Photography for Guests: When, Where and How

We, here at Saiaf Films (or probably everyone who has been to a wedding) have witnessed this common wedding scenario: everyone is in the ceremony, in their respective places, quietly waiting for the bride and then the music starts. The doors slowly open and there’s a rustle as everyone turns to face the back of the room to see the bride’s entrance…and another rustle as everyone delves into their bag to fish out their camera phones.

It’s pretty much an accepted fact now – unless the couple have laid out their wishes for an “unplugged wedding,” you will have 100 photographers at your wedding instead of just one. But if you’re conscious of making sure your guests don’t overstep the mark and you want your Best Glendale Wedding Photographer capture great photos of your wedding, let this article help you out by sharing this to your beloved friends and guests, who surely want nothing but the best for your most special day.

When Should Guests Avoid Getting Snap Happy?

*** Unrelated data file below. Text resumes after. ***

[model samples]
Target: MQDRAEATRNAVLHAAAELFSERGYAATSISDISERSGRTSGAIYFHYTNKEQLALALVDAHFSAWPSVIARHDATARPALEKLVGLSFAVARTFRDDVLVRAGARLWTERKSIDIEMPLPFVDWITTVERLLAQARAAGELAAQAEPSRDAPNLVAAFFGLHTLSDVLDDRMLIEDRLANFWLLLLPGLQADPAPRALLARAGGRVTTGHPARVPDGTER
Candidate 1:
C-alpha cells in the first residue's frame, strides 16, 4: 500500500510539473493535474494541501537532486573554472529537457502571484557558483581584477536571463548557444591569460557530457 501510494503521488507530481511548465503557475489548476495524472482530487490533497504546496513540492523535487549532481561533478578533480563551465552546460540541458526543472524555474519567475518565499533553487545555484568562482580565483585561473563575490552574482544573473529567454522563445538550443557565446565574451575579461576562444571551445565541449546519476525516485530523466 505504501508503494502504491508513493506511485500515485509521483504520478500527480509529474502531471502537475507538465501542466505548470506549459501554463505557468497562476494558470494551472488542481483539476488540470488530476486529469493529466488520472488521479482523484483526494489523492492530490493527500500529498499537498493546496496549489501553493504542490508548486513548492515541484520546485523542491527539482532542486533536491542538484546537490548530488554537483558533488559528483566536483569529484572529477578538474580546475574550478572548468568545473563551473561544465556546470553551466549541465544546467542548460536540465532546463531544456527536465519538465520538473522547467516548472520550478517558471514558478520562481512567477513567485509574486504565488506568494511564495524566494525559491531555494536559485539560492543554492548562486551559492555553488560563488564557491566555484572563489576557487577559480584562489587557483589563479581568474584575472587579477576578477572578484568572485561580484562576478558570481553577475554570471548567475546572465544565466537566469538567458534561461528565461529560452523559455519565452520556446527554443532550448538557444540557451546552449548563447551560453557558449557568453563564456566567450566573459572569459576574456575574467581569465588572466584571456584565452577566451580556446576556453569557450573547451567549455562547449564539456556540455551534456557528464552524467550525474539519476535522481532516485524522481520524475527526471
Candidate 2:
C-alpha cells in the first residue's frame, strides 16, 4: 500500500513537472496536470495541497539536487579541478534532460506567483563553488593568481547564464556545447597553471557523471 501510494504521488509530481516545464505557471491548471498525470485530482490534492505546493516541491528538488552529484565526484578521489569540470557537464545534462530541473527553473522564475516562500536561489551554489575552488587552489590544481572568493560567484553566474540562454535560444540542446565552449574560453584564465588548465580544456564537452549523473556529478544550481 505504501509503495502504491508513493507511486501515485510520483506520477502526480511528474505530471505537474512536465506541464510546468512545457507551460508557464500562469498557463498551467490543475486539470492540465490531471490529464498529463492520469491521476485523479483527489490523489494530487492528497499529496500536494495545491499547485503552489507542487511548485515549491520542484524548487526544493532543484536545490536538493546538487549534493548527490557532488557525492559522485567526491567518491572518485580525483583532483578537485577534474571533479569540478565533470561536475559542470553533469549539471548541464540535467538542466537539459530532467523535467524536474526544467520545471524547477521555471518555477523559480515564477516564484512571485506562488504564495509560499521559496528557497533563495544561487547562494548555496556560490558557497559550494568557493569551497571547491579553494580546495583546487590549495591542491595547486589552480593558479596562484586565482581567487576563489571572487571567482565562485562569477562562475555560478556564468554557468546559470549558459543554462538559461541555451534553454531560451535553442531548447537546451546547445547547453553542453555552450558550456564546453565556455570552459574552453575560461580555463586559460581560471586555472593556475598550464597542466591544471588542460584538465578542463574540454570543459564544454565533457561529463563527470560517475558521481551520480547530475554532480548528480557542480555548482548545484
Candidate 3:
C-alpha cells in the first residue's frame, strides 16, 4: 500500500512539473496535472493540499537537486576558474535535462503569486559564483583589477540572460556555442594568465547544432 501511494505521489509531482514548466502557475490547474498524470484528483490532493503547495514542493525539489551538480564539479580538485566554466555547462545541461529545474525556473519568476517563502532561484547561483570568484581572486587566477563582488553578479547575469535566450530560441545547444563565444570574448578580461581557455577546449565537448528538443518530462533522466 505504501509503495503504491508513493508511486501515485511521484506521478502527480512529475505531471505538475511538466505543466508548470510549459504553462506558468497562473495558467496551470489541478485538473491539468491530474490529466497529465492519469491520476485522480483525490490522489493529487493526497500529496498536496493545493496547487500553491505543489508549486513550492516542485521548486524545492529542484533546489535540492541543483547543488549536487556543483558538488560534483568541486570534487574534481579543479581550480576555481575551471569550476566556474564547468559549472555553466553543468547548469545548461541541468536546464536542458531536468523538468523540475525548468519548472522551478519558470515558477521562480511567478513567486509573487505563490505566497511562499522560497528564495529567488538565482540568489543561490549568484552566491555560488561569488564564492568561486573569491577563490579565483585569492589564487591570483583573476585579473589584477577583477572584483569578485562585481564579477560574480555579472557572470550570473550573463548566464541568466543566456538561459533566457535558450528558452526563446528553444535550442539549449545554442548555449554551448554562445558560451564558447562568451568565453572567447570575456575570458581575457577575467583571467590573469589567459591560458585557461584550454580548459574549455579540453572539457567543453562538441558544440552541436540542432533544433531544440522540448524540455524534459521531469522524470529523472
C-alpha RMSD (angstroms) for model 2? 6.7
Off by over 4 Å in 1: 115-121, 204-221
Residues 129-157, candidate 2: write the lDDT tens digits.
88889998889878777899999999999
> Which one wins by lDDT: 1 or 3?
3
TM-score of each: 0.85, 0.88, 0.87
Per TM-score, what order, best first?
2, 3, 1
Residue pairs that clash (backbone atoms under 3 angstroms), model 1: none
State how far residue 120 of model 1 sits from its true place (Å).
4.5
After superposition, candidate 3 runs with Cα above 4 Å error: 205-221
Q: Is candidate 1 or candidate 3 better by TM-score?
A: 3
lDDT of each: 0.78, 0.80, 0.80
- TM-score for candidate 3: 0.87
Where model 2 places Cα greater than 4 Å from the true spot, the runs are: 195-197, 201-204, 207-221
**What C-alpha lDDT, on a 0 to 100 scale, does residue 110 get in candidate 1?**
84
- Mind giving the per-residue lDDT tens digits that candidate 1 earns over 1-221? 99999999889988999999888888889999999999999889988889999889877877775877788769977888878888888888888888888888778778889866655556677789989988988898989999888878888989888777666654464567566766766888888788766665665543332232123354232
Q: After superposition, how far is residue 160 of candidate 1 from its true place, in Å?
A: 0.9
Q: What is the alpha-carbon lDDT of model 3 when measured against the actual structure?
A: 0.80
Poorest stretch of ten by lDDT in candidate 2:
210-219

Guests taking photos isn’t often an issue. It becomes an issue when they get in the way of the Chandler Cultural Wedding Photographer or are distracting the couple from looking at the photographer’s camera.

Having covered hundreds of weddings, we would say that the key moments of the day when this could be a problem is when the bridal party walks down and guests lean into the aisle to take their own photos, obstructing the photographer’s view. Also, during group photos when your Best Chandler Arizona Wedding Photography wants everyone looking at their camera and not someone else’s!

When and Where is a Good Time for Guests to Take Pictures?

Probably the best time is once the newlyweds have returned from their couple photos taken by their Best Sedona Wedding Videography team, and before or after group photos have taken place – this is when we would usually be in the background, capturing laughter, smiles, hugs and the general celebratory mood of the day. This is when guests can have their own photos with the couple whilst everyone is happily chatting away and not needing to ‘do’ anything.

Things like cake cutting, speeches and the first dance are also perfect opportunities for guests to be snap happy and the get some great smiles and laughs from a mix of angles.

How to Take Good Photographs on a Smartphone

Instead of zooming in on your screen, move closer to the object or person you are photographing. Zooming in makes the image blurry (as it pixelates it) and reduces the quality. Tap the part of the screen that you want in focus before taking the photo and try and keep your hands steady. If you’re outside during daylight hours, turn the flash off.

There are also a whole host of photography tips on how you can make fun and great wedding photos using your smartphone here.